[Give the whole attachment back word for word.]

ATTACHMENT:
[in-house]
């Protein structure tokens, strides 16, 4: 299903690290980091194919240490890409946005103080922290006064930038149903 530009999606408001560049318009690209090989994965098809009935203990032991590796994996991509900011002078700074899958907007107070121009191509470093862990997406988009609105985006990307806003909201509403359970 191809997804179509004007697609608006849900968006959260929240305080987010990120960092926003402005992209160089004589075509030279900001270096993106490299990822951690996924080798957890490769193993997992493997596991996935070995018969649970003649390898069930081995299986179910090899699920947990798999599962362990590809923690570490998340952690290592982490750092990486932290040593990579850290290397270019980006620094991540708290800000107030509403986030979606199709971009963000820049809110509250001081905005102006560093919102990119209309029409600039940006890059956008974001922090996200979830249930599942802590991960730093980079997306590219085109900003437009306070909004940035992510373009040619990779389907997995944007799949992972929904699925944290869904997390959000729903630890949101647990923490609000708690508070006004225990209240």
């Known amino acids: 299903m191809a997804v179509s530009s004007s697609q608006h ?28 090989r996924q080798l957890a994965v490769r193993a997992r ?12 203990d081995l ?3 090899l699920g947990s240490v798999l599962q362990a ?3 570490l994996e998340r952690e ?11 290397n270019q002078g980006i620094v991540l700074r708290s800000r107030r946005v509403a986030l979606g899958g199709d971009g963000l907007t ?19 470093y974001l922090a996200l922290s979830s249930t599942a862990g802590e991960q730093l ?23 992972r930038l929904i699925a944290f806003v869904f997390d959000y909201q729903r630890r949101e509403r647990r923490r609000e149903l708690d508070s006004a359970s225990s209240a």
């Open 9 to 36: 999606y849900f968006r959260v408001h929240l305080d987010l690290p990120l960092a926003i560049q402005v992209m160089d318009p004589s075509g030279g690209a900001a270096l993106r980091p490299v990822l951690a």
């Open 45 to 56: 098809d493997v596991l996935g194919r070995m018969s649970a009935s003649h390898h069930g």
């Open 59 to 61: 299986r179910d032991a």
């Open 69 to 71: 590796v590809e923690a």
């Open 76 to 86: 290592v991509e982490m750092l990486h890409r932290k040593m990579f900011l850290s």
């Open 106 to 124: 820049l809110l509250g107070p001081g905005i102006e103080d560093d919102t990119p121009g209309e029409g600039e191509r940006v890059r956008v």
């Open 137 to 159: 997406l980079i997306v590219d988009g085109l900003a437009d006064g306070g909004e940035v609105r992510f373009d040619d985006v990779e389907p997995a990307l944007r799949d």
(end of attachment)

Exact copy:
[in-house]
């Protein structure tokens, strides 16, 4: 299903690290980091194919240490890409946005103080922290006064930038149903 530009999606408001560049318009690209090989994965098809009935203990032991590796994996991509900011002078700074899958907007107070121009191509470093862990997406988009609105985006990307806003909201509403359970 191809997804179509004007697609608006849900968006959260929240305080987010990120960092926003402005992209160089004589075509030279900001270096993106490299990822951690996924080798957890490769193993997992493997596991996935070995018969649970003649390898069930081995299986179910090899699920947990798999599962362990590809923690570490998340952690290592982490750092990486932290040593990579850290290397270019980006620094991540708290800000107030509403986030979606199709971009963000820049809110509250001081905005102006560093919102990119209309029409600039940006890059956008974001922090996200979830249930599942802590991960730093980079997306590219085109900003437009306070909004940035992510373009040619990779389907997995944007799949992972929904699925944290869904997390959000729903630890949101647990923490609000708690508070006004225990209240």
């Known amino acids: 299903m191809a997804v179509s530009s004007s697609q608006h ?28 090989r996924q080798l957890a994965v490769r193993a997992r ?12 203990d081995l ?3 090899l699920g947990s240490v798999l599962q362990a ?3 570490l994996e998340r952690e ?11 290397n270019q002078g980006i620094v991540l700074r708290s800000r107030r946005v509403a986030l979606g899958g199709d971009g963000l907007t ?19 470093y974001l922090a996200l922290s979830s249930t599942a862990g802590e991960q730093l ?23 992972r930038l929904i699925a944290f806003v869904f997390d959000y909201q729903r630890r949101e509403r647990r923490r609000e149903l708690d508070s006004a359970s225990s209240a």
């Open 9 to 36: 999606y849900f968006r959260v408001h929240l305080d987010l690290p990120l960092a926003i560049q402005v992209m160089d318009p004589s075509g030279g690209a900001a270096l993106r980091p490299v990822l951690a």
């Open 45 to 56: 098809d493997v596991l996935g194919r070995m018969s649970a009935s003649h390898h069930g």
């Open 59 to 61: 299986r179910d032991a």
């Open 69 to 71: 590796v590809e923690a």
């Open 76 to 86: 290592v991509e982490m750092l990486h890409r932290k040593m990579f900011l850290s």
């Open 106 to 124: 820049l809110l509250g107070p001081g905005i102006e103080d560093d919102t990119p121009g209309e029409g600039e191509r940006v890059r956008v």
């Open 137 to 159: 997406l980079i997306v590219d988009g085109l900003a437009d006064g306070g909004e940035v609105r992510f373009d040619d985006v990779e389907p997995a990307l944007r799949d």